A British couple who died after suddenly falling ill at a hotel in Egypt had complained of a "musty smell" in their room after returning from the buffet, an inquest heard.
John and Susan Cooper’s granddaughter had been staying with them in their room, but they took her back to her mum’s room due to the odour.
The following morning, on August 21, the Coopers were found seriously ill at the Steigenberger Aqua Magic Hotel in the Red Sea resort of Hurghada.
Mr Cooper collapsed and died in the couple’s hotel room, while his wife died a short time later, the inquest into their deaths heard as it opened on Tuesday.
Their daughter, Kelly Ormerod, who has rejected the findings of Egyptian authorities, tearfully asked for time to "grieve" for her loss after the inquests were adjourned.
Egyptian authorities say the grandparents’ deaths were caused by E.coli poisoning, but Coroner Dr James Adeley said he was made aware of a report that suggests it’s unlikely the bacteria would have had such a dramatic outcome.
Ms Ormerod was with her parents during the family holiday and attended Tuesday’s brief hearing in Preston, Lancashire.
Outside court she told reporters: "All I would like to say is thank you very much for all the support I have received."
She added: "At the moment now I have got to go home and prepare for a funeral tomorrow.
"If you would kindly leave me be, leave my family be, and let us grieve and get the grieving process on the way, and I am prepared to speak at a later date."
The Coopers, from Burnley, had eaten at the hotel’s buffet the night before they fell ill on their Thomas Cook holiday, the inquest heard.
They complained of a "musty smell" after returning to their room, and then sent their granddaughter back to Ms Ormerod’s room due to the odour, Preston Coroner’s Court was told.
Dr Adeley explained that the inquest would be complicated due to the fact that Mr and Mrs Cooper died abroad.
A brief chronology of events was given in court with Dr Adeley explaining that as the deaths occurred outside the UK he could only make "requests" for information from the authorities in Egypt.
Dr Adeley said through the Foreign and Commonwealth Office he would be requesting all relevant reports and documentation from a long list of public bodies in Egypt and from Thomas Cook.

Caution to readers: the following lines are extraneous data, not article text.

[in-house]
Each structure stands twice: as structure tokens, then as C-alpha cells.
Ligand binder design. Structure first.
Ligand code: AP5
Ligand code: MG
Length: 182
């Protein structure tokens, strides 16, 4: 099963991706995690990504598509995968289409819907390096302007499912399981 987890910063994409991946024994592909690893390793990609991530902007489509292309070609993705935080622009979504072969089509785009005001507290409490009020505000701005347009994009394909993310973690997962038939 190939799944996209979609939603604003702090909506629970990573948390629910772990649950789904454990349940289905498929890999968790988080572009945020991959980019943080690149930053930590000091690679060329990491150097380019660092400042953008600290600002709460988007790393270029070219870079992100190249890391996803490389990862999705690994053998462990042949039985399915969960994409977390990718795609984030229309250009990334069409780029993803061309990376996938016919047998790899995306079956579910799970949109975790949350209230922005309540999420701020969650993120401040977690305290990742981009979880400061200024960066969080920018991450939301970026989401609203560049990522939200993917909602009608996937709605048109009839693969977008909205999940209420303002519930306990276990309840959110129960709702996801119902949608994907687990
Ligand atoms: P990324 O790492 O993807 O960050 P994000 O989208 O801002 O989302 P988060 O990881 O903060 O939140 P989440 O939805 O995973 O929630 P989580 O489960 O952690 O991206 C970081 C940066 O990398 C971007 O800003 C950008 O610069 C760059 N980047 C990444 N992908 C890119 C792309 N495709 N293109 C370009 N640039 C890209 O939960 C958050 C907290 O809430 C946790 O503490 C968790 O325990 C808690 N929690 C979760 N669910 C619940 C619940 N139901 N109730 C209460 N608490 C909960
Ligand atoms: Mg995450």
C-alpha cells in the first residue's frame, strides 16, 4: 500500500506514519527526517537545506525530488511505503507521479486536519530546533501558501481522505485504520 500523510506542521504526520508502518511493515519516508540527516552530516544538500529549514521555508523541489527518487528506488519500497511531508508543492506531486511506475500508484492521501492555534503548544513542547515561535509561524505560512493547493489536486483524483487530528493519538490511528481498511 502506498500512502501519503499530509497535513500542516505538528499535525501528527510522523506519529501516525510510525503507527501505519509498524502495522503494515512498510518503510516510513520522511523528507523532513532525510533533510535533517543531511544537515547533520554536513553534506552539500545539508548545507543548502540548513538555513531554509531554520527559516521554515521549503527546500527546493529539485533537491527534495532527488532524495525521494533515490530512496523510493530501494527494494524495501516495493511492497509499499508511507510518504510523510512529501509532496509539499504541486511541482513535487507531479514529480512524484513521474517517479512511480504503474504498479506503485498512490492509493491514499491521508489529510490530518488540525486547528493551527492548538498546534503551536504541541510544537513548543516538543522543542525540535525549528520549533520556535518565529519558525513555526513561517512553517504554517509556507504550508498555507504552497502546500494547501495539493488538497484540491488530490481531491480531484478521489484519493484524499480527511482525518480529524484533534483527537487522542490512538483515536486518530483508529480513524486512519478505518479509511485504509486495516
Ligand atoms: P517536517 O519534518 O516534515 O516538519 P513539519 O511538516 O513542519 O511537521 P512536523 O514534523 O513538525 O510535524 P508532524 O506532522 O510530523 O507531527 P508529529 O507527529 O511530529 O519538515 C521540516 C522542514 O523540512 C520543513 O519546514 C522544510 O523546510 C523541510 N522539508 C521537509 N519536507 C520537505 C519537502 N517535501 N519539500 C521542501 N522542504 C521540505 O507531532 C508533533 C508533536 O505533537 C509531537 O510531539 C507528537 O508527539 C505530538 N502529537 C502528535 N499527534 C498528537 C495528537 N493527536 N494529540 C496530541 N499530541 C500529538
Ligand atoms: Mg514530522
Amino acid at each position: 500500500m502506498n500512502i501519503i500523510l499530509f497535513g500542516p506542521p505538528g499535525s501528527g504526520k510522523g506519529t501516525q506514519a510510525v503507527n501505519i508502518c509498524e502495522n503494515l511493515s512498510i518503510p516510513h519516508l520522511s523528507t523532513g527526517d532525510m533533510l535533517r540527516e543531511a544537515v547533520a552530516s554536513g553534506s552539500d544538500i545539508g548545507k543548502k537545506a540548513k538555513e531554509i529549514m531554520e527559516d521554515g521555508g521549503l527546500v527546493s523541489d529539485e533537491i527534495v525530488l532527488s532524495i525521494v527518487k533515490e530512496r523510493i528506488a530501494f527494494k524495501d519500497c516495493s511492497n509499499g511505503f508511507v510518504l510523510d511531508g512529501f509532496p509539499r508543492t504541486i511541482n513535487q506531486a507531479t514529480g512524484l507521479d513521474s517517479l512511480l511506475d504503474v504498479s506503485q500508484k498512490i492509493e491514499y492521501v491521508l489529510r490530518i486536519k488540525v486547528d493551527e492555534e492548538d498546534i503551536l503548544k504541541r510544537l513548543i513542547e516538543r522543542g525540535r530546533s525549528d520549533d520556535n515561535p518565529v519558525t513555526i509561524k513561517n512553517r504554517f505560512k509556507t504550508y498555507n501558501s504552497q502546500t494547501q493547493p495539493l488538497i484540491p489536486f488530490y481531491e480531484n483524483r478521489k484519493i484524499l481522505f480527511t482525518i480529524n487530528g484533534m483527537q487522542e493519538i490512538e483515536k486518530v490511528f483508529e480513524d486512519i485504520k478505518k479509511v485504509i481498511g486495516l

But he warned that requests to foreign countries "can take months, even years".
The senior coroner for Blackburn with Darwen passed on his condolences as the inquests were opened and adjourned until a date to be fixed.
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Post-mortems unable to determine cause of death
Earlier this week, it was reported that post-mortem examinations carried out in the UK have not been able to find out the cause of death and more tests are being carried out.
However, the results could take some time to come back.
Egyptian authorities said their examinations showed Mr Cooper, 69, suffered acute intestinal dysentery caused by E.coli and Mrs Cooper, a 63-year-old Thomas Cook employee, suffered a complication linked to infection, likely to have been caused by E.coli.
Ms Ormerod, 40, who was on holiday with her parents and her own three children at the time, has said E.coli does not explain the rapid nature of her mother and father’s sudden death.
The family have said they hope the coroner’s investigation will establish the "true cause" of death.
Thomas Cook’s own tests identified a high level of E.coli at the hotel, which would "explain the raised level of illness reported among guests".
However, the firm said the independent specialists it commissioned to carry out the tests, and Dr Vanya Gant from University College London
Hospitals NHS Foundation Trust, did not believe the results "shed any light" on the cause of the Coopers’ deaths.
Thomas Cook moved 300 guests out of the hotel 24 hours after the couple died as a precaution.
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